Police placed the men under arrest and were able to track down the owner of the bike. Police also found the men were carrying stolen mail and one had “an illegal foot-long fixed blade knife” strapped to his hip.
The men, aged 18 and 23 were booked into King County Jail for investigation of burglary and “other various charges.”
UPDATE 2/14/2018: City department representatives Wednesday morning voted unanimously at the February meeting of the Seattle Special Events Committee to move forward with Seattle PrideFest, the 2017 organizer of the annual Pride Saturday street festival on Broadway. The move denies a permit to Charlette LeFevre, the founder of the event, based on her organization’s long running challenges working with the city and the revocation of her permit last summer after violating “permit conditions” that city officials say resulted in the injury of an elderly pedestrian and wasted city resources. More here.
Original Report 2/9/2018: Egan Orion, executive director of PrideFest Seattle Center, wants you to know that planning for PrideFest Capitol Hill’s 2018 celebration is underway and ready for more good times come Saturday, June 23rd.
“Plans for 2018 are well underway and we are looking forward to taking our record-breaking attendance last year and extending it this year. It’s the most important day of the year for businesses on Broadway, something we take very seriously,” Orion tells CHS.
Formed with grassroots but ultimately unstable, Capitol Hill’s pre-Pride festivities on Broadway including a street festival attended by thousands of people annually were rescued in 2017 by Orion’s organization after the city balked at permits over opposition from Broadway businesses and ongoing safety concerns. Continue reading
Development on the four, seven-story mixed-use buildings surrounding Capitol Hill’s light rail station is proceeding toward a groundbreaking this spring, possibly in late April, according to Jill Sherman. Sherman is head the project for Gerding Edlin, the Portland-based developers leading the project.
The date has some community members ready to celebrate. Brie Gyncild of the Capitol Hill Champion group said her organization is hoping to host some festivities to coincide with the start of construction.
“We’re just excited we’re going to have a groundbreaking,” Gyncild said.
Sherman expects the construction to take about 21 months, assuming there are no significant delays, putting the opening in early 2020, as has long been planned. Continue reading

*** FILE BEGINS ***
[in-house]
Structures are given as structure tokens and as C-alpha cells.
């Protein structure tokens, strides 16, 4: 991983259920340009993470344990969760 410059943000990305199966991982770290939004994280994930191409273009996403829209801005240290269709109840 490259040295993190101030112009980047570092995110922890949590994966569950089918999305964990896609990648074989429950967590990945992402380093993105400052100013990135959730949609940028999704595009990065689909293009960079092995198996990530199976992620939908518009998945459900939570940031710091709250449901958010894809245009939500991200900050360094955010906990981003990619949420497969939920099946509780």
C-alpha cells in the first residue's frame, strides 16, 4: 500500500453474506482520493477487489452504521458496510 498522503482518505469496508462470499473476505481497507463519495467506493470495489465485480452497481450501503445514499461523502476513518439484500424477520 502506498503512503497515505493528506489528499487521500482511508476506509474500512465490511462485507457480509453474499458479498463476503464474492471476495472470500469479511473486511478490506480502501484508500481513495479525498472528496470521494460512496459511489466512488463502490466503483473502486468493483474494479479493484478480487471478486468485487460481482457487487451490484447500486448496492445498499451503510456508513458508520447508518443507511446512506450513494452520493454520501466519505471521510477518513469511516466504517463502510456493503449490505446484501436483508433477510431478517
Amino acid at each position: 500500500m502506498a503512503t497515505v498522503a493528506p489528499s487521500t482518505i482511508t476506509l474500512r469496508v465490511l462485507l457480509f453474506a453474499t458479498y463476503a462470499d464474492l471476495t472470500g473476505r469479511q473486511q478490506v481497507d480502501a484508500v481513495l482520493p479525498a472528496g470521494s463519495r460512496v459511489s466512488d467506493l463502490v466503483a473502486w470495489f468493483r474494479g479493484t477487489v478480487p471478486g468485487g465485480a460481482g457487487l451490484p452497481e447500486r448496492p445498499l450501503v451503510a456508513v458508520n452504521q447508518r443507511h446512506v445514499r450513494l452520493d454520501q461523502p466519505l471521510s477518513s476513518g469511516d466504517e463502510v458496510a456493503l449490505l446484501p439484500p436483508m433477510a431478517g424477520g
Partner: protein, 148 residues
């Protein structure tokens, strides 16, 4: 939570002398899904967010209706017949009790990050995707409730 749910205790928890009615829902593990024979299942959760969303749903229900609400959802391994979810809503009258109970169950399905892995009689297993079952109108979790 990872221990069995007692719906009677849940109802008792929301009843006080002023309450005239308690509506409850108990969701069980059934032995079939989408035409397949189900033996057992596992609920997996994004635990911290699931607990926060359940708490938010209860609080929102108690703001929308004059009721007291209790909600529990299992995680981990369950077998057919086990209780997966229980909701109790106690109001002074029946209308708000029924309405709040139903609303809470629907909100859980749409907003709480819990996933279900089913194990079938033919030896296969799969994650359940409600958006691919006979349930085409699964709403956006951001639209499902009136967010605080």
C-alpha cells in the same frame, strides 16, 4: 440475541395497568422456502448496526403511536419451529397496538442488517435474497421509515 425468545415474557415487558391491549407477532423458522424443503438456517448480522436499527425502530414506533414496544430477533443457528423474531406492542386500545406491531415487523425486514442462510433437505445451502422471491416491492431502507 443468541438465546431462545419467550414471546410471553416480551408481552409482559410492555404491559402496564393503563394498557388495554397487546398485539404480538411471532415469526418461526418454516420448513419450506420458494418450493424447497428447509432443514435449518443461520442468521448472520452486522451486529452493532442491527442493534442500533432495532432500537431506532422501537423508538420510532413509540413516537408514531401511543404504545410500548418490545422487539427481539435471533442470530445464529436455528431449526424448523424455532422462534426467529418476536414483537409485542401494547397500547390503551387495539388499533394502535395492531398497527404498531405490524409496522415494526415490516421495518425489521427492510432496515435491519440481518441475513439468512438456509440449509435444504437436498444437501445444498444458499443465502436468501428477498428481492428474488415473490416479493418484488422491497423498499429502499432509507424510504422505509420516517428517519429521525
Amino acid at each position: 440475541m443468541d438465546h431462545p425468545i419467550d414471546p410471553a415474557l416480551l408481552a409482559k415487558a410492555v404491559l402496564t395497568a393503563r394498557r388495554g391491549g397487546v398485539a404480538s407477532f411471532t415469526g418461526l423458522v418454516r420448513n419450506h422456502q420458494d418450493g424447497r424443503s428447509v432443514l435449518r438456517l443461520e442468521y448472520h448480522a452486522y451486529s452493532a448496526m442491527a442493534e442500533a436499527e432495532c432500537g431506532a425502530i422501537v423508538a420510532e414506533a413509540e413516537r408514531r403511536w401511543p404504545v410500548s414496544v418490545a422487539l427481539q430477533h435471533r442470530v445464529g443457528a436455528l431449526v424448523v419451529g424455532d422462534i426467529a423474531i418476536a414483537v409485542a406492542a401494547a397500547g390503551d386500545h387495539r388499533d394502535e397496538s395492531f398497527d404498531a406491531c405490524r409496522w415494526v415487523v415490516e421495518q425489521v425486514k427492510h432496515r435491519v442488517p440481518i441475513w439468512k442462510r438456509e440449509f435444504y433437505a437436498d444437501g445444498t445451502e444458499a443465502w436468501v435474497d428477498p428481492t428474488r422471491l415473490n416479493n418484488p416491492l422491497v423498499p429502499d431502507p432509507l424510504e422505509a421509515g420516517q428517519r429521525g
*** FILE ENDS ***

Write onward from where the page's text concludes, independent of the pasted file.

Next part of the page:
Michelle Conley is at peace with the end of her storefront after seven years on Broadway. She would like the neighborhood and her customers to be at peace with the end, too.
“It’s not just one reason. It’s all the factors that Seattle is going through,” she told CHS Tuesday morning about the coming closure of the Mishu Boutique, one of the rare independent retail shops still operating on Broadway.
Mishu will shutter its Broadway doors for good by the end of February. In the meantime, everything must go. Continue reading
Around 4,000 customers across Capitol Hill near Pike/Pine and Broadway were without power Friday afternoon after an equipment failure and reported fire in an underground vault on First Hill near Union’s Cambridge Apartments.
Seattle City Light estimated power would be restored to the area by just after 6 PM. The outage began around 2:45 PM. UPDATE: As of 3:35 PM, there were already sporadic reports of service being restored. UPDATE x2:
UPDATE 4:05 PM: Power reported restored. Enjoy your Friday.
Many intersections in the area were reported without power and the stoplights were dark. Officials reminded drivers, cyclists, and pedestrians to treat all dark intersections as all-way stops during the outage.
Several businesses reported having no power including Optimism Brewing and the Oola Distillery. Continue reading
Branden Miskell, the 30-year-old Capitol Hill man arrested after police were able to stop a bloody attack on his boyfriend in their Broadway apartment just before midnight January 11th, pleaded not guilty to attempted murder Tuesday morning.
Police say the suspect admitted he was trying to kill his boyfriend after ingesting a large amount of cannabis before the horrific attack. Continue reading